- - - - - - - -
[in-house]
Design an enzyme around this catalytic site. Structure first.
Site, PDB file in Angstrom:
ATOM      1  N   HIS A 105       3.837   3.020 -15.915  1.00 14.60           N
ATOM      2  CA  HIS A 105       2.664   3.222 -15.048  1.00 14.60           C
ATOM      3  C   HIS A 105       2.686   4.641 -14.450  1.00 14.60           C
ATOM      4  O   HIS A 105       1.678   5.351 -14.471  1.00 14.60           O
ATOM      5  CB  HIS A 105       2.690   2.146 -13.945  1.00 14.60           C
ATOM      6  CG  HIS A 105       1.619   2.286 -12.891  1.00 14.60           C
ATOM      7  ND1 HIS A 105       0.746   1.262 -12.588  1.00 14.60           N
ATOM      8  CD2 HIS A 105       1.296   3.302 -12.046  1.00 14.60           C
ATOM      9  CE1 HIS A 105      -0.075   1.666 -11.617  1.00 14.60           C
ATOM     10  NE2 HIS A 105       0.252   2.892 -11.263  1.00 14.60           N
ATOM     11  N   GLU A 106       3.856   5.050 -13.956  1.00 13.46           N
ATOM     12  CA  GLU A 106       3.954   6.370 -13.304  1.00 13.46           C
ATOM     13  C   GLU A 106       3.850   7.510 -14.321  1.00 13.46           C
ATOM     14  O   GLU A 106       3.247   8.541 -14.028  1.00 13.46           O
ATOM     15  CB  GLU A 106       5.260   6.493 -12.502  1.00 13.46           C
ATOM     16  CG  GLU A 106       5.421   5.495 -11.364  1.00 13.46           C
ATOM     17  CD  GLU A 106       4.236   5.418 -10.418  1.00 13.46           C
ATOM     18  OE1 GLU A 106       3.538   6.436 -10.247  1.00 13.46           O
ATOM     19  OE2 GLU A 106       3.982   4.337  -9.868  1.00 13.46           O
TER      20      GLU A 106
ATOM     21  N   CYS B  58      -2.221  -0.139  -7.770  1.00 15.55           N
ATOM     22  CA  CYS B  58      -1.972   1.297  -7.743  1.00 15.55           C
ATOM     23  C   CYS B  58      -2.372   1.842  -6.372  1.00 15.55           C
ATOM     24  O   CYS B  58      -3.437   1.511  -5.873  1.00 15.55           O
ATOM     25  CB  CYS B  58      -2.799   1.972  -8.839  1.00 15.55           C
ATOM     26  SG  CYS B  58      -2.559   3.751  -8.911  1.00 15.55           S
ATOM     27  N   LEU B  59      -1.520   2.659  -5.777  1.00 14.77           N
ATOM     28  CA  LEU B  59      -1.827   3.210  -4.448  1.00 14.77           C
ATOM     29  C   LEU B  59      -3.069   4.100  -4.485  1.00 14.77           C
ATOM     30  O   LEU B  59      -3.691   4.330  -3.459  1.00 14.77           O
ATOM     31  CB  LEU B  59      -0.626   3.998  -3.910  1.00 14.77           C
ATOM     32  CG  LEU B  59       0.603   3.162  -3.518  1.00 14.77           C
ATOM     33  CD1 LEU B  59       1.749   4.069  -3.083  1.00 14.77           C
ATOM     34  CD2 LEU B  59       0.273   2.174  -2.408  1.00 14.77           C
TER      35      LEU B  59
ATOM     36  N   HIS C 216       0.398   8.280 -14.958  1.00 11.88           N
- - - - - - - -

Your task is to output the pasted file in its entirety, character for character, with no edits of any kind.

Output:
[in-house]
Design an enzyme around this catalytic site. Structure first.
Site, PDB file in Angstrom:
ATOM      1  N   HIS A 105       3.837   3.020 -15.915  1.00 14.60           N
ATOM      2  CA  HIS A 105       2.664   3.222 -15.048  1.00 14.60           C
ATOM      3  C   HIS A 105       2.686   4.641 -14.450  1.00 14.60           C
ATOM      4  O   HIS A 105       1.678   5.351 -14.471  1.00 14.60           O
ATOM      5  CB  HIS A 105       2.690   2.146 -13.945  1.00 14.60           C
ATOM      6  CG  HIS A 105       1.619   2.286 -12.891  1.00 14.60           C
ATOM      7  ND1 HIS A 105       0.746   1.262 -12.588  1.00 14.60           N
ATOM      8  CD2 HIS A 105       1.296   3.302 -12.046  1.00 14.60           C
ATOM      9  CE1 HIS A 105      -0.075   1.666 -11.617  1.00 14.60           C
ATOM     10  NE2 HIS A 105       0.252   2.892 -11.263  1.00 14.60           N
ATOM     11  N   GLU A 106       3.856   5.050 -13.956  1.00 13.46           N
ATOM     12  CA  GLU A 106       3.954   6.370 -13.304  1.00 13.46           C
ATOM     13  C   GLU A 106       3.850   7.510 -14.321  1.00 13.46           C
ATOM     14  O   GLU A 106       3.247   8.541 -14.028  1.00 13.46           O
ATOM     15  CB  GLU A 106       5.260   6.493 -12.502  1.00 13.46           C
ATOM     16  CG  GLU A 106       5.421   5.495 -11.364  1.00 13.46           C
ATOM     17  CD  GLU A 106       4.236   5.418 -10.418  1.00 13.46           C
ATOM     18  OE1 GLU A 106       3.538   6.436 -10.247  1.00 13.46           O
ATOM     19  OE2 GLU A 106       3.982   4.337  -9.868  1.00 13.46           O
TER      20      GLU A 106
ATOM     21  N   CYS B  58      -2.221  -0.139  -7.770  1.00 15.55           N
ATOM     22  CA  CYS B  58      -1.972   1.297  -7.743  1.00 15.55           C
ATOM     23  C   CYS B  58      -2.372   1.842  -6.372  1.00 15.55           C
ATOM     24  O   CYS B  58      -3.437   1.511  -5.873  1.00 15.55           O
ATOM     25  CB  CYS B  58      -2.799   1.972  -8.839  1.00 15.55           C
ATOM     26  SG  CYS B  58      -2.559   3.751  -8.911  1.00 15.55           S
ATOM     27  N   LEU B  59      -1.520   2.659  -5.777  1.00 14.77           N
ATOM     28  CA  LEU B  59      -1.827   3.210  -4.448  1.00 14.77           C
ATOM     29  C   LEU B  59      -3.069   4.100  -4.485  1.00 14.77           C
ATOM     30  O   LEU B  59      -3.691   4.330  -3.459  1.00 14.77           O
ATOM     31  CB  LEU B  59      -0.626   3.998  -3.910  1.00 14.77           C
ATOM     32  CG  LEU B  59       0.603   3.162  -3.518  1.00 14.77           C
ATOM     33  CD1 LEU B  59       1.749   4.069  -3.083  1.00 14.77           C
ATOM     34  CD2 LEU B  59       0.273   2.174  -2.408  1.00 14.77           C
TER      35      LEU B  59
ATOM     36  N   HIS C 216       0.398   8.280 -14.958  1.00 11.88           N